-- If you got taken in by an April Fool's Day prank don't be embarrassed, it turns out we're hardwired to be gullible.
According to experts, the human brain has evolved to sometimes override our clear sensory perceptions of the world around us meaning sometimes we fall for a good prank.
Gazzaley explains that this could mean ignoring what's going in the physical world around us because we believe we "know" better than what our sense are telling us.
"It’s based on memories and experiences and that is really a powerful force and an overwhelming force in humans that shape how we view the world," explained Gazzaley, of human perceptions of the world around us.
Gazzaley said one example of "top down" processing overriding our "bottom up" perceptions would be missing a close friend on the street because you're in engrossed in your phone screen. Another clear example is going to see a magic show and trying to figure out how the trick is performed, but being unable to.
"In the whole misdirection thing when [the magician is] showing you their hand, your experience is telling you this is important," said Gazzaley. "But they're doing something with the other hand."
Gazzaley said magicians have told him that intoxicated people are better at figuring out the trick because their "top down" processing is dulled.
"You set up your whole belief system based on memories and goals. It shapes your reality in a way that is not exactly corresponding with more on the surface reality," said Gazzaley. "It could create the type of illusions that magicians thrive on."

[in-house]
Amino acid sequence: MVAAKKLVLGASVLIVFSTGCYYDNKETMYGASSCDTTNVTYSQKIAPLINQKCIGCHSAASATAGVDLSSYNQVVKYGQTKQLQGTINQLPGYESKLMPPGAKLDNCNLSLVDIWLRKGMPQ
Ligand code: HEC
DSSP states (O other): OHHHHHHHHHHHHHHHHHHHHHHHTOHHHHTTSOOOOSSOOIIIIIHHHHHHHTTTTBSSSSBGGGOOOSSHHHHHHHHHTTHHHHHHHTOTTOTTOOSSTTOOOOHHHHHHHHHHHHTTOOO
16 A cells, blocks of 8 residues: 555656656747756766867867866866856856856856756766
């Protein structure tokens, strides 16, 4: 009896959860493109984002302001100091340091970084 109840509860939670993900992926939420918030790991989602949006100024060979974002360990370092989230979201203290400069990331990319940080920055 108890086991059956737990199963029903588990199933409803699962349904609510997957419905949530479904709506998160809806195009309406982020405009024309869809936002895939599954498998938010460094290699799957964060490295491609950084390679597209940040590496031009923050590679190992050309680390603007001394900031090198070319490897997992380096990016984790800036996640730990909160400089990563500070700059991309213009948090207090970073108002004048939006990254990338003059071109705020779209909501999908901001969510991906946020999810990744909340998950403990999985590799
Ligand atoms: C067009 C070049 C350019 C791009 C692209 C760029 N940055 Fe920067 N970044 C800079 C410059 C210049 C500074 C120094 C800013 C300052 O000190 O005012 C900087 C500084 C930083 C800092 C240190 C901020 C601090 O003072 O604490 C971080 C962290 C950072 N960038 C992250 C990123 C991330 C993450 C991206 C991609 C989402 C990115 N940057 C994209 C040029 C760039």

Gazzaley said as a result people can easily be taken in by a good April Fool's prank.
"April fool’s jokes ... play off across your belief structure and your view of reality to create something that in other circumstances isn’t that believable," he said.
In addition to the "top down" fake out, there's also scare tactic pranks that humans are hard-wired to respond to, according to experts.
Dr. Tanvir Syed, a neurologist at the University Hospitals Case Medical Center in Cleveland, said that the brain is designed to perceive any threat as real, even if it's a rubber snake.
"The way we process any kind of stimulus is by threat level," said Syed. "The way our nervous system is, we respond to threats very quickly…to prepare us for fight or flight."
That means if someone decides to try and prank you with something that scares you, you're likely not going to be able to remain calm and collected. Syed said your brain would rather react to a threat--even a fake threat--than be injured.
Even if you try to plan ahead and have no reaction to a prank designed to scare you, Syed says you'll likely have a subconscious response to any threat, which is "100 times more powerful" than the conscious mind in terms of brain synapses.